The history of contemporary art can be a difficult thing to qualify, not least because it’s something that’s still growing and changing. The last 25 years have seen seemingly countless artists rise to prominence—but which of them will we still be talking about 25 years from now? With their book Defining Contemporary Art: 25 Years in 200 Pivotal Artworks, eight of the world’s leading international curators—including curators from the Museum of Modern Art, the Guggenheim Abu Dhabi and the Kunsthaus Zürich—discuss the 200 works of art from the past two-and-a-half decades that they believe will have a lasting impact on future generations of artists.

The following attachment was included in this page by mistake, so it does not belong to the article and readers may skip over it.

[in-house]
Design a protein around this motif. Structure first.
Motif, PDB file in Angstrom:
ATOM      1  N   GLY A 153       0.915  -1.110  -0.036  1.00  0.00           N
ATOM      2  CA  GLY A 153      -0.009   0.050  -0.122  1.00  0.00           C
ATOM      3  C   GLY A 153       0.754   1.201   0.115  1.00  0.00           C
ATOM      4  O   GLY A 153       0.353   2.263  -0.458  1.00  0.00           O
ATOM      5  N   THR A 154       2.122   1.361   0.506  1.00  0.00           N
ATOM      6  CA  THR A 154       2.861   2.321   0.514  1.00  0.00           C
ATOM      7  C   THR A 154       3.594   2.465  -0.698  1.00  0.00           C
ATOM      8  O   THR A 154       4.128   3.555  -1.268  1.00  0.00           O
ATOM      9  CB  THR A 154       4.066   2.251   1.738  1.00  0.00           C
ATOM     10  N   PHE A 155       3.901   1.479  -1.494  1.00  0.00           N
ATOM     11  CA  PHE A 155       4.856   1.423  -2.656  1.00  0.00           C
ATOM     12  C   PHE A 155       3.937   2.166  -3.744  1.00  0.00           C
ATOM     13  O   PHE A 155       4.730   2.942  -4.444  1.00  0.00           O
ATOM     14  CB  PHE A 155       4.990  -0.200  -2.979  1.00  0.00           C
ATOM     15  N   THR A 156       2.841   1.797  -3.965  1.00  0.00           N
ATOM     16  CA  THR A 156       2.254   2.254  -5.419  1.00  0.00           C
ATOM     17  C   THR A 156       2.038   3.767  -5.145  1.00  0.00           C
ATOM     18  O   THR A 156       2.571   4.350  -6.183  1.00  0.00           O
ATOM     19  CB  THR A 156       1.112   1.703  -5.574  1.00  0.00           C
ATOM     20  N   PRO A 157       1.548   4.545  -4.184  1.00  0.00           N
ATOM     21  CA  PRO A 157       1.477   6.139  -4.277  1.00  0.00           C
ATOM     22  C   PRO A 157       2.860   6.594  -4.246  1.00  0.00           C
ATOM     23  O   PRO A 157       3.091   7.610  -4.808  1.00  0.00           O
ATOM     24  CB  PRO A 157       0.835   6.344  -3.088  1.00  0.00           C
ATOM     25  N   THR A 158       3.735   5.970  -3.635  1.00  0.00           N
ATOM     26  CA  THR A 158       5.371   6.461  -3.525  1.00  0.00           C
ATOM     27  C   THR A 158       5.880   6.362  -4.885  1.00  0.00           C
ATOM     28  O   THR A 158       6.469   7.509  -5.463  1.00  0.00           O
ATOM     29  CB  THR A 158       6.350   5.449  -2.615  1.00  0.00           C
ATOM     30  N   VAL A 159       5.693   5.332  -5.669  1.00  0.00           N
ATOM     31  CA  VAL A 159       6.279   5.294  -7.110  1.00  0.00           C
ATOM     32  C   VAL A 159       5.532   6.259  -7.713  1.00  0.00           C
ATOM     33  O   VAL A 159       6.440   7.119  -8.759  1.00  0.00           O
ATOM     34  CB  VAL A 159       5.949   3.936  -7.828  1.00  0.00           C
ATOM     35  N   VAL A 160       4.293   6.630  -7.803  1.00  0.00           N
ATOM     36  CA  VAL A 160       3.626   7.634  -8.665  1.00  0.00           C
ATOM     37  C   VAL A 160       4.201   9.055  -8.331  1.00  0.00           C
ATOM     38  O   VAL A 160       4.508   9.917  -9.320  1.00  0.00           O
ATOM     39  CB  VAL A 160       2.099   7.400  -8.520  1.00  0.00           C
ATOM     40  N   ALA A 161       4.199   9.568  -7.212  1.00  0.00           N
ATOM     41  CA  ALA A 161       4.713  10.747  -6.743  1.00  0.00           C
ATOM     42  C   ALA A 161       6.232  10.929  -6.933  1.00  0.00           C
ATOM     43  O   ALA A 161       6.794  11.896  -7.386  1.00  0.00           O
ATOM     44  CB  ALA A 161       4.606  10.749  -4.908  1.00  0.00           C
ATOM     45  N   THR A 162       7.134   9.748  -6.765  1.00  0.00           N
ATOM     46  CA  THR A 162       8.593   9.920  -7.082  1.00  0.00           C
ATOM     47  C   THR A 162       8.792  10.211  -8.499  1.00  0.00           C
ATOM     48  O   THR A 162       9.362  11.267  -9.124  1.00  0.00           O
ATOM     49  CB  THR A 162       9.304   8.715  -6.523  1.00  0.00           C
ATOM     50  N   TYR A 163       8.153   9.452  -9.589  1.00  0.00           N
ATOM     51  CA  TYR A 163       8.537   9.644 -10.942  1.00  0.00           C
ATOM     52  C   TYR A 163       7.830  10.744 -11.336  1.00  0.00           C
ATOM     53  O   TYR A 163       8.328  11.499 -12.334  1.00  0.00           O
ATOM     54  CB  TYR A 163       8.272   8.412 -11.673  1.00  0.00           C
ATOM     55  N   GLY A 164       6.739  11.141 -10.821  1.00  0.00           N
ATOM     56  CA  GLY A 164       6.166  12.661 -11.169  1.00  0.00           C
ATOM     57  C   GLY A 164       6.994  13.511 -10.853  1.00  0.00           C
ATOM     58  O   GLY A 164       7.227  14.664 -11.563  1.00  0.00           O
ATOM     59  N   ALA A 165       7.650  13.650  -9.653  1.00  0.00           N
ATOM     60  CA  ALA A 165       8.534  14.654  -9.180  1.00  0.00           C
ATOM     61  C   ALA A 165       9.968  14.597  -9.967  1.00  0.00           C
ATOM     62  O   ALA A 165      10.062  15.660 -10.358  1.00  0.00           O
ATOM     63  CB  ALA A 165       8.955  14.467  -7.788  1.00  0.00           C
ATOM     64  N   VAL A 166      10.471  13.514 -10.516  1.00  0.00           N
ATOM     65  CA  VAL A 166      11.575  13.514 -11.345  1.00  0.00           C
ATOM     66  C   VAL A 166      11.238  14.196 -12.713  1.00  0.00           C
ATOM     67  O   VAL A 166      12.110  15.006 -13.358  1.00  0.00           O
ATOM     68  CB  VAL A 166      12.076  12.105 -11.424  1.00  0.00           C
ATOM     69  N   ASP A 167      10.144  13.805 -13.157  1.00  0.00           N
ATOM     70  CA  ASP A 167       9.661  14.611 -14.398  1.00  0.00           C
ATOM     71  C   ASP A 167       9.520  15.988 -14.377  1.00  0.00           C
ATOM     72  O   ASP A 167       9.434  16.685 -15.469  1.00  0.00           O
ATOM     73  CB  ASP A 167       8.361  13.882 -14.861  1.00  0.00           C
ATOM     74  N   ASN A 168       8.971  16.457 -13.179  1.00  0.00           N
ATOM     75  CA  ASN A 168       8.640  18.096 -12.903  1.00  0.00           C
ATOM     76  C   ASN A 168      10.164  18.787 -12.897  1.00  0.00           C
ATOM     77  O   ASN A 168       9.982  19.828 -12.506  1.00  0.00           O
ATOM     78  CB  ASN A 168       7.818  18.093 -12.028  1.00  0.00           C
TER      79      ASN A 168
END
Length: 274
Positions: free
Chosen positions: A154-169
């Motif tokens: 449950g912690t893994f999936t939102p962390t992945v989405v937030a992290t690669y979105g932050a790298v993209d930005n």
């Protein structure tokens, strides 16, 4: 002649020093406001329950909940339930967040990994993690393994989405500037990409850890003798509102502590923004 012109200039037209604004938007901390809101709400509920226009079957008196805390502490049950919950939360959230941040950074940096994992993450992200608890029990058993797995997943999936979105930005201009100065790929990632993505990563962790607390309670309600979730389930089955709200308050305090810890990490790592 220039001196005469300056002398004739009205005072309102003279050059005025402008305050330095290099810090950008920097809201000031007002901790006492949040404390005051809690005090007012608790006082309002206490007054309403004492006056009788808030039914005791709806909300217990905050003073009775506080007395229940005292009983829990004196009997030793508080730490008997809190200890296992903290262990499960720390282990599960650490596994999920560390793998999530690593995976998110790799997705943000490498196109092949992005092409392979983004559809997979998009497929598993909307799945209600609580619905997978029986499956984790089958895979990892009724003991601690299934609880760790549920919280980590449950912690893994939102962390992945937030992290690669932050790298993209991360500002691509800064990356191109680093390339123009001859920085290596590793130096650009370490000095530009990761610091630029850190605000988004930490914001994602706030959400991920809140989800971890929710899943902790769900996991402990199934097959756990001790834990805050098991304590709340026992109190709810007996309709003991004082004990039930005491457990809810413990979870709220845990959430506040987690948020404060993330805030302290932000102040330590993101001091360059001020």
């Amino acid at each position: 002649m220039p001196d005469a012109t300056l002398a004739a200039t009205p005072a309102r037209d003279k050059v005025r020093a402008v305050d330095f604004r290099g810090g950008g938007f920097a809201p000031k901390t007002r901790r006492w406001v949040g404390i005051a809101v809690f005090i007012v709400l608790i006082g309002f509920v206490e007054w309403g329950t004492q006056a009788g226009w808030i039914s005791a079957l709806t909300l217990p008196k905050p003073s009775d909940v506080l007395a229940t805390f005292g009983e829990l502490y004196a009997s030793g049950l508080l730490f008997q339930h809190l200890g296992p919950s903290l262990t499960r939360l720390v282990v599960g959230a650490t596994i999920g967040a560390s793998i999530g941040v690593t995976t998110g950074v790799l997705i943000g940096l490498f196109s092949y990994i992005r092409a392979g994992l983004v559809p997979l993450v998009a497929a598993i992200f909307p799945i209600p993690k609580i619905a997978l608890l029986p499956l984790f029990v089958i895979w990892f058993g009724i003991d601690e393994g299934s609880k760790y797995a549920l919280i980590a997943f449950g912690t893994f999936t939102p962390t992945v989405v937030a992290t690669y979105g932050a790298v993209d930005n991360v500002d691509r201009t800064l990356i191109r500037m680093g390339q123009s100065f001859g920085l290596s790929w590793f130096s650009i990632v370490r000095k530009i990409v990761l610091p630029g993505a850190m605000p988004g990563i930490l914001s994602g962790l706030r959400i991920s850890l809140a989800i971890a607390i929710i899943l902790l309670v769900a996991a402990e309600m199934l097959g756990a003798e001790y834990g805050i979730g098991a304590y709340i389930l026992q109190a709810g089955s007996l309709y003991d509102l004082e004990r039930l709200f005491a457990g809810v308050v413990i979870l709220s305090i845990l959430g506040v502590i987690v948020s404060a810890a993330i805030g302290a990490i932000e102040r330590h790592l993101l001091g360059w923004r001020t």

From iconic pieces like Damien Hirst’s A Thousand Years (1990) and Jeff Koons’ Puppy (1992) to lesser-known works like On Kawara’s Pure Consciousness (1998), Defining Contemporary Art draws upon analyses of 200 pieces of contemporary art to track the development of the vibrant and exciting movement that defines the art world as we know it today.
The eight curator/co-authors will be on hand at the Museum of Modern Art’s Bartos Theater this Friday, May 4th for “DEFINING CONTEMPORARY ART: Writing Art History as it Happens,” a lively roundtable discussion that will see these contemporary art experts speak on their choices for the book and examine how one begins to analyze the historical significance of a movement that is still very much going strong.
More information on this upcoming event can be found at www.phaidon.com/retail-stores/store-soho/; for more on the book and its curators, visit www.phaidon.com/store/art/defining-contemporary-art-9780714862095/.